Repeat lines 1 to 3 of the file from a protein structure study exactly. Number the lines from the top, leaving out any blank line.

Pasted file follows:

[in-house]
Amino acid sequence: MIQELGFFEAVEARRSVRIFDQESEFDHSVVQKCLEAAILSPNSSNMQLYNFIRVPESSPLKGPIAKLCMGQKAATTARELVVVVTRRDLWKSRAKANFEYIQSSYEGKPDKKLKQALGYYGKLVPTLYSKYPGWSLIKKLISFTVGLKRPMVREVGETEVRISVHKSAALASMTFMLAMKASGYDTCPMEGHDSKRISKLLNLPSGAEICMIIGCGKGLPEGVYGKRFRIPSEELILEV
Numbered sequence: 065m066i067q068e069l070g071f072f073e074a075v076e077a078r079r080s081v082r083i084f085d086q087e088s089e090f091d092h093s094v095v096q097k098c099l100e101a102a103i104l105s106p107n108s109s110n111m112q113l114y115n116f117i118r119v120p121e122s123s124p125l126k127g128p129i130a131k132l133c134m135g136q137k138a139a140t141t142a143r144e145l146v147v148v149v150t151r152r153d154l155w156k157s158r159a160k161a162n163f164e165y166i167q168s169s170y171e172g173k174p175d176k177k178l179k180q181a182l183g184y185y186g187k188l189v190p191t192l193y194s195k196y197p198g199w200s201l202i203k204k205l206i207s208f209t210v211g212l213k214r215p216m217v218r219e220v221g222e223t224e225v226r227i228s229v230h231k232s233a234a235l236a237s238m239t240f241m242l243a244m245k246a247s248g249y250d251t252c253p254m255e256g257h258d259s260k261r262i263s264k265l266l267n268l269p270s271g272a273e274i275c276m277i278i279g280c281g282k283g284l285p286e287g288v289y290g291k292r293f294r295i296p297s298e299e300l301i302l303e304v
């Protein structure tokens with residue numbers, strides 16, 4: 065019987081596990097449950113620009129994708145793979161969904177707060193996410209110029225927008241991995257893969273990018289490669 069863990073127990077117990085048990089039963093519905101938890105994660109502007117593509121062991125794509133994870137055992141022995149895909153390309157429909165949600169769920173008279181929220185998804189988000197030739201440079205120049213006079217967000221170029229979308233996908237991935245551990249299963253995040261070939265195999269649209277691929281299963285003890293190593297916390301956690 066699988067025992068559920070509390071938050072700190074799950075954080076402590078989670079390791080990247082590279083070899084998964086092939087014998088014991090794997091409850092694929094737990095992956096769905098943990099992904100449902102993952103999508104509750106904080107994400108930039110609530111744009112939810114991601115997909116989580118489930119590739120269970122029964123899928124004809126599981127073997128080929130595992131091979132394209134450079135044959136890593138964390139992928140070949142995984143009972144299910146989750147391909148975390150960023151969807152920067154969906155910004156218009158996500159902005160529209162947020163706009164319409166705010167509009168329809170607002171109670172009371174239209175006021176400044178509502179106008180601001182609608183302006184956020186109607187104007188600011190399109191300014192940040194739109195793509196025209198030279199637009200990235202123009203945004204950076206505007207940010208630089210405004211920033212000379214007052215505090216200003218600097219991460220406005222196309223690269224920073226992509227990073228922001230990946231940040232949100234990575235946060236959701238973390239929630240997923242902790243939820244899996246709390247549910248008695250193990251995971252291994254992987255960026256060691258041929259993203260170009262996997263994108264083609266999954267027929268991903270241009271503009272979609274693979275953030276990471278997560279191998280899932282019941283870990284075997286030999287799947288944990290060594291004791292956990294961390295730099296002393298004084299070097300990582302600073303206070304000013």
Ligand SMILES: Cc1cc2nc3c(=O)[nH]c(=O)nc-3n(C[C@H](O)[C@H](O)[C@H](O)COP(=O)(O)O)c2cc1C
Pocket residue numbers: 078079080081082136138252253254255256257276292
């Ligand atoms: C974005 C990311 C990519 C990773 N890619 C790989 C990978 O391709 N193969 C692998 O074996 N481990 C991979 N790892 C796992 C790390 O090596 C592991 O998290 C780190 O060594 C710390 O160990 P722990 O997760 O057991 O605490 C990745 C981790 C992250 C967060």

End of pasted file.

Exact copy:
[in-house]
Amino acid sequence: MIQELGFFEAVEARRSVRIFDQESEFDHSVVQKCLEAAILSPNSSNMQLYNFIRVPESSPLKGPIAKLCMGQKAATTARELVVVVTRRDLWKSRAKANFEYIQSSYEGKPDKKLKQALGYYGKLVPTLYSKYPGWSLIKKLISFTVGLKRPMVREVGETEVRISVHKSAALASMTFMLAMKASGYDTCPMEGHDSKRISKLLNLPSGAEICMIIGCGKGLPEGVYGKRFRIPSEELILEV
Numbered sequence: 065m066i067q068e069l070g071f072f073e074a075v076e077a078r079r080s081v082r083i084f085d086q087e088s089e090f091d092h093s094v095v096q097k098c099l100e101a102a103i104l105s106p107n108s109s110n111m112q113l114y115n116f117i118r119v120p121e122s123s124p125l126k127g128p129i130a131k132l133c134m135g136q137k138a139a140t141t142a143r144e145l146v147v148v149v150t151r152r153d154l155w156k157s158r159a160k161a162n163f164e165y166i167q168s169s170y171e172g173k174p175d176k177k178l179k180q181a182l183g184y185y186g187k188l189v190p191t192l193y194s195k196y197p198g199w200s201l202i203k204k205l206i207s208f209t210v211g212l213k214r215p216m217v218r219e220v221g222e223t224e225v226r227i228s229v230h231k232s233a234a235l236a237s238m239t240f241m242l243a244m245k246a247s248g249y250d251t252c253p254m255e256g257h258d259s260k261r262i263s264k265l266l267n268l269p270s271g272a273e274i275c276m277i278i279g280c281g282k283g284l285p286e287g288v289y290g291k292r293f294r295i296p297s298e299e300l301i302l303e304v